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Thread: Dog Did Well, But Lost Deer...

  1. #1

    Dog Did Well, But Lost Deer...

    I got a call from a friend yesterday morning saying that he had hit a young roe doe and she had been lost. By the time I got to where they were it was 3.5hrs after the shot had been taken. She had been standing in a gamecrop and after the shot several deer broke out. As she had been lost in the crop, he waited and after 3 or 4 mins she appeared on the outside of the fence and looked to be stumbling. he took a rushed shot at her and missed before she was lost to sight.

    For anyone interested the following is the track my 14month old HS did with the photos which tell the story. Up until now she has never been trained on blood (but has had 3 proper tracks on shot deer, rest all training tracks) and always tracks on the collar and lead.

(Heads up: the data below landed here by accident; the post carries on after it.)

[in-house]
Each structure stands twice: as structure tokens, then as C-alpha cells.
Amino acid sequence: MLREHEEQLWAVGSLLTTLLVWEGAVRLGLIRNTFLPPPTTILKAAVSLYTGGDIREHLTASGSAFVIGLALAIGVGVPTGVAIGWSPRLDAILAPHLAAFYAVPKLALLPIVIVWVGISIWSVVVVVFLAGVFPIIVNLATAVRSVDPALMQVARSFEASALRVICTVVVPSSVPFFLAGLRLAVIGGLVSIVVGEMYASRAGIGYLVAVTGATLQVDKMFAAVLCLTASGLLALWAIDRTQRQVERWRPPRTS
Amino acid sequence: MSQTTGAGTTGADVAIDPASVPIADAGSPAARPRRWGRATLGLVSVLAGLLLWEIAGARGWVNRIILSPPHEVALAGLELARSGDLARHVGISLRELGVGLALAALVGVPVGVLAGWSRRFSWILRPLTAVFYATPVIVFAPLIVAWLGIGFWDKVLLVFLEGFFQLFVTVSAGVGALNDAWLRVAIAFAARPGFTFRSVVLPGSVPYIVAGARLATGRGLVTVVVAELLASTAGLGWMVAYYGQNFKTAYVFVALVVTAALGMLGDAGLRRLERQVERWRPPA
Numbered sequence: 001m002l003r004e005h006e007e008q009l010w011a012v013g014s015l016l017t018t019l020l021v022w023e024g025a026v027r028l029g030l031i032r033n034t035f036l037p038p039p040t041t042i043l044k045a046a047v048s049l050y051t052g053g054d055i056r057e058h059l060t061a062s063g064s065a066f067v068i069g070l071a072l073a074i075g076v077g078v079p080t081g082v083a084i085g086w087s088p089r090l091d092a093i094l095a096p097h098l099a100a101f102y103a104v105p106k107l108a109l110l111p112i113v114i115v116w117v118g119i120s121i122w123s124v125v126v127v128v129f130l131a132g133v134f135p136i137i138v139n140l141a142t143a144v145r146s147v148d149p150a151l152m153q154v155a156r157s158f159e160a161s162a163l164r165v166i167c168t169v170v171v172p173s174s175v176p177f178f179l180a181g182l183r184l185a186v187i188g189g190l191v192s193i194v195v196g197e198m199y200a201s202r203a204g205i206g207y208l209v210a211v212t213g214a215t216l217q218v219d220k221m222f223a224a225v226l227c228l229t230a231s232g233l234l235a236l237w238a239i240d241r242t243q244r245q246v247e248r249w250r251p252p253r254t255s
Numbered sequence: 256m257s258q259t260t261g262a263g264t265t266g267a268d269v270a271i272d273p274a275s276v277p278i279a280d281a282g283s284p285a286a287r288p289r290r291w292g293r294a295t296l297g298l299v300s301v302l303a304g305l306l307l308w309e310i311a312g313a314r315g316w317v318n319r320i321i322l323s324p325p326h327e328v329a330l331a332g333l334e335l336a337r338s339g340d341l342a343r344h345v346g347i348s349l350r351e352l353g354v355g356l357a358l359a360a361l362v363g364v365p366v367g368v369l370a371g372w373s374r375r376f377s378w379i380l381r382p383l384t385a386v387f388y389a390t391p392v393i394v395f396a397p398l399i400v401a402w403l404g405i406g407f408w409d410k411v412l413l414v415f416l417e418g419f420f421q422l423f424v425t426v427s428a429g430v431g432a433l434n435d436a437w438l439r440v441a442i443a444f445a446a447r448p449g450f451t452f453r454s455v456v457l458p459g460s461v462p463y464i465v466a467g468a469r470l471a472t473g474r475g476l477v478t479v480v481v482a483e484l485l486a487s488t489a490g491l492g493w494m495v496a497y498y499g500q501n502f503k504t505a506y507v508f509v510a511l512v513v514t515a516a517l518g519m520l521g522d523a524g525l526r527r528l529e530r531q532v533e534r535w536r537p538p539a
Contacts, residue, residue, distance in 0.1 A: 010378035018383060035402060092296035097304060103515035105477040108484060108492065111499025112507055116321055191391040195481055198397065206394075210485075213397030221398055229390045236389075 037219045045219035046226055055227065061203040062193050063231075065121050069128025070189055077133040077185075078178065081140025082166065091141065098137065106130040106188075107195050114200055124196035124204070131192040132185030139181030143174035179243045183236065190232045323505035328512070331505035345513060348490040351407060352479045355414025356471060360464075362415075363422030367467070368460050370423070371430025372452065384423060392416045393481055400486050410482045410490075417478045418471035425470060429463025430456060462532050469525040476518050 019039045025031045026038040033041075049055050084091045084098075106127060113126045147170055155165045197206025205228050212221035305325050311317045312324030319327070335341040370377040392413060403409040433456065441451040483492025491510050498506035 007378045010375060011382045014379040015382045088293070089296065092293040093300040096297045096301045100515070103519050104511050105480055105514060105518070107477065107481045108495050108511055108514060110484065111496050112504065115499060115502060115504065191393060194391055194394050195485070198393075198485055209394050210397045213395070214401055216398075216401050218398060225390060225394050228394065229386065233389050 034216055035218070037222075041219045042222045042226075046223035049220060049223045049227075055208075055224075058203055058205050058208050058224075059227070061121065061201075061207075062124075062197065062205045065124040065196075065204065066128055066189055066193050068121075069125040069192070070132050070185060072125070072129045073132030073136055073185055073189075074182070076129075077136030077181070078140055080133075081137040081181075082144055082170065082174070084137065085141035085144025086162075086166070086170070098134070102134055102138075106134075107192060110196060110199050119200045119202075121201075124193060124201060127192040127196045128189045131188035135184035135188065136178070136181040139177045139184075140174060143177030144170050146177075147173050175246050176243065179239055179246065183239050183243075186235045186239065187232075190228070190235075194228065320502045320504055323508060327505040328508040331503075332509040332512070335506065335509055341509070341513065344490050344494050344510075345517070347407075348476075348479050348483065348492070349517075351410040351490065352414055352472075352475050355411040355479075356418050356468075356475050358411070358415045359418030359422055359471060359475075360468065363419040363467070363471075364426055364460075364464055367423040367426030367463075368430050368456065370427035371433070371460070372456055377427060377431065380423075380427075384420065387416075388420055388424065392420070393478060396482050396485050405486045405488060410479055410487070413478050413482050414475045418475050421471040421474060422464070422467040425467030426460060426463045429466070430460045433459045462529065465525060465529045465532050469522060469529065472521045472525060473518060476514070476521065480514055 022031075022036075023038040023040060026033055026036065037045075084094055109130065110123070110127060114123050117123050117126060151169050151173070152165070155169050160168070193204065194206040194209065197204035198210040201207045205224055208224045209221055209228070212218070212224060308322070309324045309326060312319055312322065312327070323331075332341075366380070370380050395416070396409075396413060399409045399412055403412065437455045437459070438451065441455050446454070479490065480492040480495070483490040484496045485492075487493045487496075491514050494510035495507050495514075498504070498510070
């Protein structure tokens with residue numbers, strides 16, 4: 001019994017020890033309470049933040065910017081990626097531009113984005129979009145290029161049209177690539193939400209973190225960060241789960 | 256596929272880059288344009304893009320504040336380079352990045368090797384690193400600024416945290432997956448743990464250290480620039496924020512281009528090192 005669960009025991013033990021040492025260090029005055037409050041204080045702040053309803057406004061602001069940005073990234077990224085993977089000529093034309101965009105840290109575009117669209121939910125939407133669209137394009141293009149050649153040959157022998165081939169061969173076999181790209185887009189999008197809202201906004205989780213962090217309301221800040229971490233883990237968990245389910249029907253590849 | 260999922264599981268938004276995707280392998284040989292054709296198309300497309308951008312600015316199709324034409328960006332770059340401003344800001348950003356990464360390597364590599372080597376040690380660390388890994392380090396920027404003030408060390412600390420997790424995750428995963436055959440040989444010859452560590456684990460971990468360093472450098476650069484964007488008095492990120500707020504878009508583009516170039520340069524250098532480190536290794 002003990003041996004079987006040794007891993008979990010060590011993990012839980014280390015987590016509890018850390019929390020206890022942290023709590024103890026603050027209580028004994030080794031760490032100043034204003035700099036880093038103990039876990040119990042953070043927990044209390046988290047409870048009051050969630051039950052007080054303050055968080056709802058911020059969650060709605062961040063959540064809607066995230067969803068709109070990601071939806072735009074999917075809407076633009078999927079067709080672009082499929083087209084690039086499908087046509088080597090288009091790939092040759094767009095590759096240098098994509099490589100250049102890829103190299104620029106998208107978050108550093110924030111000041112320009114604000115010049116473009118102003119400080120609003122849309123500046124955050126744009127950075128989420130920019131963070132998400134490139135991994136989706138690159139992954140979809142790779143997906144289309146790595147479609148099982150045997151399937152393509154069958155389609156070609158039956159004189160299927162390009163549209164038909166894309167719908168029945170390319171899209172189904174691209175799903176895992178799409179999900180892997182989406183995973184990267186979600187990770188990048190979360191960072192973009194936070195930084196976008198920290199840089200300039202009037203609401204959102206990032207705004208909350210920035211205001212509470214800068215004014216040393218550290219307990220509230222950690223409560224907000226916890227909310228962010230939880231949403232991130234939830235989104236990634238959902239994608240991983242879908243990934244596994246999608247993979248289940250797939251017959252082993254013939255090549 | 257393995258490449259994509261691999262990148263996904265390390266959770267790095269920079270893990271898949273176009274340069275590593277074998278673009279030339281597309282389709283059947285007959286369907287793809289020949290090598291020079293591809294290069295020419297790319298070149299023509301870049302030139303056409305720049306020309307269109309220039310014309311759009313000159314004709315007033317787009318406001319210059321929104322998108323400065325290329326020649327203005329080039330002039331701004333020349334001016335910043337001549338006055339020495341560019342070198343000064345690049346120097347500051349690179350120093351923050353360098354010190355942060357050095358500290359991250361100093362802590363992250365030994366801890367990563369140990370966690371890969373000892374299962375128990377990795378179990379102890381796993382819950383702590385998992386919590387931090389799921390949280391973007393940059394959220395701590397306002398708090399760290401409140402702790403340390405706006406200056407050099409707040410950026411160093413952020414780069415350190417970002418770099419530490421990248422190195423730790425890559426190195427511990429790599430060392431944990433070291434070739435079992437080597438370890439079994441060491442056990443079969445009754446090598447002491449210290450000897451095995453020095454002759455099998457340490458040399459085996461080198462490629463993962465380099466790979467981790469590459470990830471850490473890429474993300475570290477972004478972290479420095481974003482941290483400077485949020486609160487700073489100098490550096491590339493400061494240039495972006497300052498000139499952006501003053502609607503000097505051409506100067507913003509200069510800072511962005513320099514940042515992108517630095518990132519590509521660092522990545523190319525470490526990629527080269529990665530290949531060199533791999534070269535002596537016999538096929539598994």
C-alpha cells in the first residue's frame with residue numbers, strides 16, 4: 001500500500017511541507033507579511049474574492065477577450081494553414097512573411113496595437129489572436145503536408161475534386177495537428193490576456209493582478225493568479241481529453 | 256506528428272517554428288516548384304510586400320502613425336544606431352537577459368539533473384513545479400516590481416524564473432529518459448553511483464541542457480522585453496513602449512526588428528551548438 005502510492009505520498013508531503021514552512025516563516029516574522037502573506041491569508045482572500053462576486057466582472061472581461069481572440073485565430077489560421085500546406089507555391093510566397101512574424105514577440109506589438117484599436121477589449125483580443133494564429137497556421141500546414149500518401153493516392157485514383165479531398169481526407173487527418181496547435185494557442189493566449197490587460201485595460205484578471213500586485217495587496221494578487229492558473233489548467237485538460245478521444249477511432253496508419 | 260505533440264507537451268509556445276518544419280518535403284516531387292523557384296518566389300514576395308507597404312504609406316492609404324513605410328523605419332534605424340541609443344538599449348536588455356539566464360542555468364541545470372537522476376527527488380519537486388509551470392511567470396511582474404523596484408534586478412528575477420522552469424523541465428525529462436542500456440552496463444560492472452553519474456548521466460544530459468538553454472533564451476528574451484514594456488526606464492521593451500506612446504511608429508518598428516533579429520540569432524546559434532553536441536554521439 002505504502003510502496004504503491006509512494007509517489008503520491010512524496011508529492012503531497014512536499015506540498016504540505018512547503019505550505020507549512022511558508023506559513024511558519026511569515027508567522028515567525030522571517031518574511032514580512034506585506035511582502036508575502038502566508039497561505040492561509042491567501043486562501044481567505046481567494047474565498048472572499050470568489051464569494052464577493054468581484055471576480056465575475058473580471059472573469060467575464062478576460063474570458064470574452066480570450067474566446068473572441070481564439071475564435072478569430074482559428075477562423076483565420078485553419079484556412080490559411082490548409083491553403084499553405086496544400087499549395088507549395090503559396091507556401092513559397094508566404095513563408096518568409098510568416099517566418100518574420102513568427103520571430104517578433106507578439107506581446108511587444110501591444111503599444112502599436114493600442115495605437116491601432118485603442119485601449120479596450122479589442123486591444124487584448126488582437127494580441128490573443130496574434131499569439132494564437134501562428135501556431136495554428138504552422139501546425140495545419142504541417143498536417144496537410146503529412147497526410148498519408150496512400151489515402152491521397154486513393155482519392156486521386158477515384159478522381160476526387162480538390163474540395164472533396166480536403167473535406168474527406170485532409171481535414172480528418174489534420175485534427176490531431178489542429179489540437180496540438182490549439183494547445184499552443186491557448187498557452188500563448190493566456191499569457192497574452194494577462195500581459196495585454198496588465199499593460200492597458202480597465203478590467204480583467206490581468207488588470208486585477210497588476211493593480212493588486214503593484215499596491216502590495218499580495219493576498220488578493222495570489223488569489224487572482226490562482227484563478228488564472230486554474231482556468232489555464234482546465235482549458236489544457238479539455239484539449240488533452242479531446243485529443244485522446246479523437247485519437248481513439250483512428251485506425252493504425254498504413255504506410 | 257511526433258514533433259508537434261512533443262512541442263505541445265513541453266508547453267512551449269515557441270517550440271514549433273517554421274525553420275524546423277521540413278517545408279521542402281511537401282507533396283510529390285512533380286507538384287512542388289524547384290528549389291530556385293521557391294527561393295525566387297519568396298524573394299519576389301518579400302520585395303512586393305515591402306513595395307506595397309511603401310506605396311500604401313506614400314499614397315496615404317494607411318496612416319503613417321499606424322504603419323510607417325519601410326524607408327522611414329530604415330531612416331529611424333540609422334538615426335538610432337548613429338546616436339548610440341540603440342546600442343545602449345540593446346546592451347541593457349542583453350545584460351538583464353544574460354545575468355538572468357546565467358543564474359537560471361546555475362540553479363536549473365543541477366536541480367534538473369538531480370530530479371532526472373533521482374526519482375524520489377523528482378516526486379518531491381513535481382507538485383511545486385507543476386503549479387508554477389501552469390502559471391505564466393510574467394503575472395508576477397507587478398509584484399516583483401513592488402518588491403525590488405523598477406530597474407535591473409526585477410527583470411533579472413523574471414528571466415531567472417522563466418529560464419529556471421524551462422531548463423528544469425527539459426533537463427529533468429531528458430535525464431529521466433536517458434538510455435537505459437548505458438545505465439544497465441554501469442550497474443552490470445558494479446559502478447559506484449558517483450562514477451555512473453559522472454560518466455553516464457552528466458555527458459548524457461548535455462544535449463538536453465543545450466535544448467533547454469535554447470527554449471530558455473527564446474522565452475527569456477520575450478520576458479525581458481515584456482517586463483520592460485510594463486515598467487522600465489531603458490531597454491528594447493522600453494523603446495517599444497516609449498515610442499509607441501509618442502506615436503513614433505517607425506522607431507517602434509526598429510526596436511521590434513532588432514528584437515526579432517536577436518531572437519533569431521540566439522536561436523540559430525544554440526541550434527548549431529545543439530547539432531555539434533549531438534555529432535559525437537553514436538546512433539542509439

These first 3 pictures are the blood found at the shot site but we could find no hair. It was quite windy which did not help. They are in sequence in the direction she walked off.

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    The dog picked them up right away and was showing her find. She then tracked through the gamecrop to the front, and where the doe had appeared before being missed with the second shot. She was put through the fence and onto a blood spot on the outside. The images were taken today and the dog is only in them to show some scale, hence some are a bit blurred as she was playing today.

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ID:	24384 This is the point she picked up the track outside the gamecrop.

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ID:	24385Track followed about 30m to the first fence...

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ID:	24386She has then gone through the fence and made her way across an open grass field, I could see no blood along here.